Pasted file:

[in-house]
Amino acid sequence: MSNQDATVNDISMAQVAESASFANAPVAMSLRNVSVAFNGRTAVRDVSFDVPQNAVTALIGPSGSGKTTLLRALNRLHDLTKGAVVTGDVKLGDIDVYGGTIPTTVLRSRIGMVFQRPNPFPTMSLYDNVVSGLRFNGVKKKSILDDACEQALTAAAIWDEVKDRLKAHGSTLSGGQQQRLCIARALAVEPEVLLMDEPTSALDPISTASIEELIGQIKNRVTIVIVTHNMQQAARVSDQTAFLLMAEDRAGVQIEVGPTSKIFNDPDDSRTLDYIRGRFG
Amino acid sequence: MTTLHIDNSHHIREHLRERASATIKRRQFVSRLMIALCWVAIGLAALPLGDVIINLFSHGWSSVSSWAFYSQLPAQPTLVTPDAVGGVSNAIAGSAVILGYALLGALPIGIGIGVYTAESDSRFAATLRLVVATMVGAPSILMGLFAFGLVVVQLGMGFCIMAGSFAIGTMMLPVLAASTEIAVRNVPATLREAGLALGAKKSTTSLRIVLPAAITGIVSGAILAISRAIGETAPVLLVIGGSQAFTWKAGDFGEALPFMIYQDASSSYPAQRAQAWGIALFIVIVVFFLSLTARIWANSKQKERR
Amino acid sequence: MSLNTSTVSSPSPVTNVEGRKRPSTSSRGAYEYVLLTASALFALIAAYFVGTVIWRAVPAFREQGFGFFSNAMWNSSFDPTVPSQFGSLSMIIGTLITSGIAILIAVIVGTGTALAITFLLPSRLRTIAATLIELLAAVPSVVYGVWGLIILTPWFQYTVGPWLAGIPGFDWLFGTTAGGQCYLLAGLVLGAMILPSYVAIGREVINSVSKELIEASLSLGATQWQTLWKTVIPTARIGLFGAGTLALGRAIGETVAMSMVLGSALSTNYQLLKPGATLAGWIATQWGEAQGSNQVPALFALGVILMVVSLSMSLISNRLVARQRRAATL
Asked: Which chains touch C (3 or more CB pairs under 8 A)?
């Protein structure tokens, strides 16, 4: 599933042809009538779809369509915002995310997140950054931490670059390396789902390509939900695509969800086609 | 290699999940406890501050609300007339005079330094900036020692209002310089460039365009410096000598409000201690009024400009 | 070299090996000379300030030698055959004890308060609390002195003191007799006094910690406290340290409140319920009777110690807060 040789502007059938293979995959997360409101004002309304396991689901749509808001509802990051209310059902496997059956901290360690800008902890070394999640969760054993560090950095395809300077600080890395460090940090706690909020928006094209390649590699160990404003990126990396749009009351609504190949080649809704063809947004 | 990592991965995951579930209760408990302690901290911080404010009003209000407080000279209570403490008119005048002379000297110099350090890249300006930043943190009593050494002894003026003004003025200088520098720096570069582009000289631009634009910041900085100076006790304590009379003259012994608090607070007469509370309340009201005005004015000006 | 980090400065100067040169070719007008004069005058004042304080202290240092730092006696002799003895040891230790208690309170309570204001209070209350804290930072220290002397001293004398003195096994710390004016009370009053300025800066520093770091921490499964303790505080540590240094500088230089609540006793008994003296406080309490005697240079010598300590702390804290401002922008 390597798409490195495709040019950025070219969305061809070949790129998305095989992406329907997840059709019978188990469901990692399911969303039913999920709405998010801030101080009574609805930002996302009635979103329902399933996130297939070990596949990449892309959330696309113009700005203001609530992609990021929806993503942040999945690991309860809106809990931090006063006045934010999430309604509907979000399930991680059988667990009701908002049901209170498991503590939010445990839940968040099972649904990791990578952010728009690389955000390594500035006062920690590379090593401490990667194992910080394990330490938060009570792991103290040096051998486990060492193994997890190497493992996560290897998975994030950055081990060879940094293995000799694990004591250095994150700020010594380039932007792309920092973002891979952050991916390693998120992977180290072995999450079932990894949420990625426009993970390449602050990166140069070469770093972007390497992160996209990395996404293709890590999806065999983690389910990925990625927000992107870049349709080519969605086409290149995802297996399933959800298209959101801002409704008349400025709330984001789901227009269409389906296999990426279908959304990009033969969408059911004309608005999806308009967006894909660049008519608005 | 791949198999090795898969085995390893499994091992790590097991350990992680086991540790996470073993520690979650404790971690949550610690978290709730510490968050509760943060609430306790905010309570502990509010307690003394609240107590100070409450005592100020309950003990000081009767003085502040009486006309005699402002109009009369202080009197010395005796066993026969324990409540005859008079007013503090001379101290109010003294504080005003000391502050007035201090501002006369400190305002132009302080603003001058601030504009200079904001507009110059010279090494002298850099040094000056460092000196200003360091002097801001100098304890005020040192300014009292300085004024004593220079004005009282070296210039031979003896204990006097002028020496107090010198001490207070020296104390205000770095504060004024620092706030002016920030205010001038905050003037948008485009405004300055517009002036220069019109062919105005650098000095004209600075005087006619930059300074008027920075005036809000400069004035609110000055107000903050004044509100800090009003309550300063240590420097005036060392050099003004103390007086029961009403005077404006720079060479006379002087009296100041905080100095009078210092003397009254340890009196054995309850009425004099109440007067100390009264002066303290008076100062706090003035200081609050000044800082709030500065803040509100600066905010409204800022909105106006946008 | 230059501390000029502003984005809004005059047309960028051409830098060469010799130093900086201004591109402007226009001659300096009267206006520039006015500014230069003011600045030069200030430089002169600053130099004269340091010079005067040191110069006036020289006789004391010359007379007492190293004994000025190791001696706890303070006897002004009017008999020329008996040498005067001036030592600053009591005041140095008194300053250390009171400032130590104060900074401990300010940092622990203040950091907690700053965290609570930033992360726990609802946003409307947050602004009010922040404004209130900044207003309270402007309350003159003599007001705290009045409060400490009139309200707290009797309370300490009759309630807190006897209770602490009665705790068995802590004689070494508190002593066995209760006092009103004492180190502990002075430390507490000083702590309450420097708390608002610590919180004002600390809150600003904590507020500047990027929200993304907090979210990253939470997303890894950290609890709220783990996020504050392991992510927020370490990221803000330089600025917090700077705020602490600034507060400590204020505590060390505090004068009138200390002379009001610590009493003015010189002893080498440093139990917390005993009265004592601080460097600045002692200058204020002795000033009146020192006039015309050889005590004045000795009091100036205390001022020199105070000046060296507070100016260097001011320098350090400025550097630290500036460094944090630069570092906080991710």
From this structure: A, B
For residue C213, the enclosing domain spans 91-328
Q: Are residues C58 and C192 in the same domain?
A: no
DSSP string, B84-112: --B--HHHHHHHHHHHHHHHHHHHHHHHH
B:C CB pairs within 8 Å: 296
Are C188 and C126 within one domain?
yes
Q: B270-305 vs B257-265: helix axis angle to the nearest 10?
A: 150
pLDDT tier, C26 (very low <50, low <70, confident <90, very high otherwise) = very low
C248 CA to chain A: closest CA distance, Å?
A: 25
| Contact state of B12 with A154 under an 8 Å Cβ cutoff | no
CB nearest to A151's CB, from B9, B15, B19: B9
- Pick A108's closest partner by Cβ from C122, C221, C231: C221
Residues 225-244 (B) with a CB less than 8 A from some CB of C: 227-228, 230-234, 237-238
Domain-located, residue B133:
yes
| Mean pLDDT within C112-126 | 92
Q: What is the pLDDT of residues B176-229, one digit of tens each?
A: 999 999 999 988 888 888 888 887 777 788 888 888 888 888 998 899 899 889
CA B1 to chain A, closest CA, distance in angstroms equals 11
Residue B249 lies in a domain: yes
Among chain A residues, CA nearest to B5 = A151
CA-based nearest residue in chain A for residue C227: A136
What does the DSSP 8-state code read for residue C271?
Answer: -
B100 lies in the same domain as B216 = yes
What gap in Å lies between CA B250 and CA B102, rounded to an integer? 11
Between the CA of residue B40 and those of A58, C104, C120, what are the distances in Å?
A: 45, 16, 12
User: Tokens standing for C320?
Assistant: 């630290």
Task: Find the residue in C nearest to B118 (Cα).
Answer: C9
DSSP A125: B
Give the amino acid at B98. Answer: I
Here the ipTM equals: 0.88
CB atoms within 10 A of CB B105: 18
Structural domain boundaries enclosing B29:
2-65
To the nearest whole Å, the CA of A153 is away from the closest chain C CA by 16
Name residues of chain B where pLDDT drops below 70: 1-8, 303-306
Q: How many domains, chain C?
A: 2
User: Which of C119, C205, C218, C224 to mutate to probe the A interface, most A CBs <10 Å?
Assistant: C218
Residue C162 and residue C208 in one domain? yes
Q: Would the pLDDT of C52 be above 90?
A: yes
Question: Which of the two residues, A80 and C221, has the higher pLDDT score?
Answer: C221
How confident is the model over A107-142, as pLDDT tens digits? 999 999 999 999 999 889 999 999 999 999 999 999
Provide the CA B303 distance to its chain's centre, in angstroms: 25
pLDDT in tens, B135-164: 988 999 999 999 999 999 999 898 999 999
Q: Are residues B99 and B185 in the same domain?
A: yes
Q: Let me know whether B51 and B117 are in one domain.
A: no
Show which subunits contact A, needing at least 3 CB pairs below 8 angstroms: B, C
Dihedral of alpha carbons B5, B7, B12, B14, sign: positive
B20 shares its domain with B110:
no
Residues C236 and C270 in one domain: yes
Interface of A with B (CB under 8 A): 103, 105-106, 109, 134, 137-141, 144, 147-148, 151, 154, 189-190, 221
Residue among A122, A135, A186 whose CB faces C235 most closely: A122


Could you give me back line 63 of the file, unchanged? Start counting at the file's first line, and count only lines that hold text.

Q: Are residues B99 and B185 in the same domain?